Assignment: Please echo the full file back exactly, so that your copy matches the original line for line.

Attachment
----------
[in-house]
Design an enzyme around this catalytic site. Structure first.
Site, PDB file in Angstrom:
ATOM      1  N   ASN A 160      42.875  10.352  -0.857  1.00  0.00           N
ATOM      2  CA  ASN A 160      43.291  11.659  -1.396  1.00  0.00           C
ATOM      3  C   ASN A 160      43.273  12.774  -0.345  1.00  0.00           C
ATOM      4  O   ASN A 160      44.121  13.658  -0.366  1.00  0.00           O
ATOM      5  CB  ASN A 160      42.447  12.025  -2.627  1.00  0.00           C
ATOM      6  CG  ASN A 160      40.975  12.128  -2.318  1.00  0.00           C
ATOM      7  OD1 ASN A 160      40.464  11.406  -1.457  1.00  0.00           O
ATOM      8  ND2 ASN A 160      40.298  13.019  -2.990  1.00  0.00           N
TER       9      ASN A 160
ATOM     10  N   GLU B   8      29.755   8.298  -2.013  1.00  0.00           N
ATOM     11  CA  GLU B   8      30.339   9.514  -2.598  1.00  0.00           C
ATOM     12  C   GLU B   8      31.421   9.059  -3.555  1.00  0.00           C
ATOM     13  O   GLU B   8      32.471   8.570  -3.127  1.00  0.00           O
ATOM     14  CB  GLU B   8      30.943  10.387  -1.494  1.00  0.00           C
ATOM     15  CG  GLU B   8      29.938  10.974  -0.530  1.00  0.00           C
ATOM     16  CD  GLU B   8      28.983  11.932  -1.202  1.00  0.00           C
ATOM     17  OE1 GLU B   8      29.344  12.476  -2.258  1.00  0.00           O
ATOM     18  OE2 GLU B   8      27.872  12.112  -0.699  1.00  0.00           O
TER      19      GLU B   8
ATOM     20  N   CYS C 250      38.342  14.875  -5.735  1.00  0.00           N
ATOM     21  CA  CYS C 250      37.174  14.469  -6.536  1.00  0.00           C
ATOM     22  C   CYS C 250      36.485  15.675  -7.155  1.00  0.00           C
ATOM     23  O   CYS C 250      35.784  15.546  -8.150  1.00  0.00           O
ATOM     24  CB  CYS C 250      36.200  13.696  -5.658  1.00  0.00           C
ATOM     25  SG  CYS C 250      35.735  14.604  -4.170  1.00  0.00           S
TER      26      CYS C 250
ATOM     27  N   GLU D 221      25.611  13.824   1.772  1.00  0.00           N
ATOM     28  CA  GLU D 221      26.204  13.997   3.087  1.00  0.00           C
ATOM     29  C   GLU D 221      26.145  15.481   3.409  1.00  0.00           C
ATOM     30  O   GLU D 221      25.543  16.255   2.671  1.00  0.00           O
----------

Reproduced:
[in-house]
Design an enzyme around this catalytic site. Structure first.
Site, PDB file in Angstrom:
ATOM      1  N   ASN A 160      42.875  10.352  -0.857  1.00  0.00           N
ATOM      2  CA  ASN A 160      43.291  11.659  -1.396  1.00  0.00           C
ATOM      3  C   ASN A 160      43.273  12.774  -0.345  1.00  0.00           C
ATOM      4  O   ASN A 160      44.121  13.658  -0.366  1.00  0.00           O
ATOM      5  CB  ASN A 160      42.447  12.025  -2.627  1.00  0.00           C
ATOM      6  CG  ASN A 160      40.975  12.128  -2.318  1.00  0.00           C
ATOM      7  OD1 ASN A 160      40.464  11.406  -1.457  1.00  0.00           O
ATOM      8  ND2 ASN A 160      40.298  13.019  -2.990  1.00  0.00           N
TER       9      ASN A 160
ATOM     10  N   GLU B   8      29.755   8.298  -2.013  1.00  0.00           N
ATOM     11  CA  GLU B   8      30.339   9.514  -2.598  1.00  0.00           C
ATOM     12  C   GLU B   8      31.421   9.059  -3.555  1.00  0.00           C
ATOM     13  O   GLU B   8      32.471   8.570  -3.127  1.00  0.00           O
ATOM     14  CB  GLU B   8      30.943  10.387  -1.494  1.00  0.00           C
ATOM     15  CG  GLU B   8      29.938  10.974  -0.530  1.00  0.00           C
ATOM     16  CD  GLU B   8      28.983  11.932  -1.202  1.00  0.00           C
ATOM     17  OE1 GLU B   8      29.344  12.476  -2.258  1.00  0.00           O
ATOM     18  OE2 GLU B   8      27.872  12.112  -0.699  1.00  0.00           O
TER      19      GLU B   8
ATOM     20  N   CYS C 250      38.342  14.875  -5.735  1.00  0.00           N
ATOM     21  CA  CYS C 250      37.174  14.469  -6.536  1.00  0.00           C
ATOM     22  C   CYS C 250      36.485  15.675  -7.155  1.00  0.00           C
ATOM     23  O   CYS C 250      35.784  15.546  -8.150  1.00  0.00           O
ATOM     24  CB  CYS C 250      36.200  13.696  -5.658  1.00  0.00           C
ATOM     25  SG  CYS C 250      35.735  14.604  -4.170  1.00  0.00           S
TER      26      CYS C 250
ATOM     27  N   GLU D 221      25.611  13.824   1.772  1.00  0.00           N
ATOM     28  CA  GLU D 221      26.204  13.997   3.087  1.00  0.00           C
ATOM     29  C   GLU D 221      26.145  15.481   3.409  1.00  0.00           C
ATOM     30  O   GLU D 221      25.543  16.255   2.671  1.00  0.00           O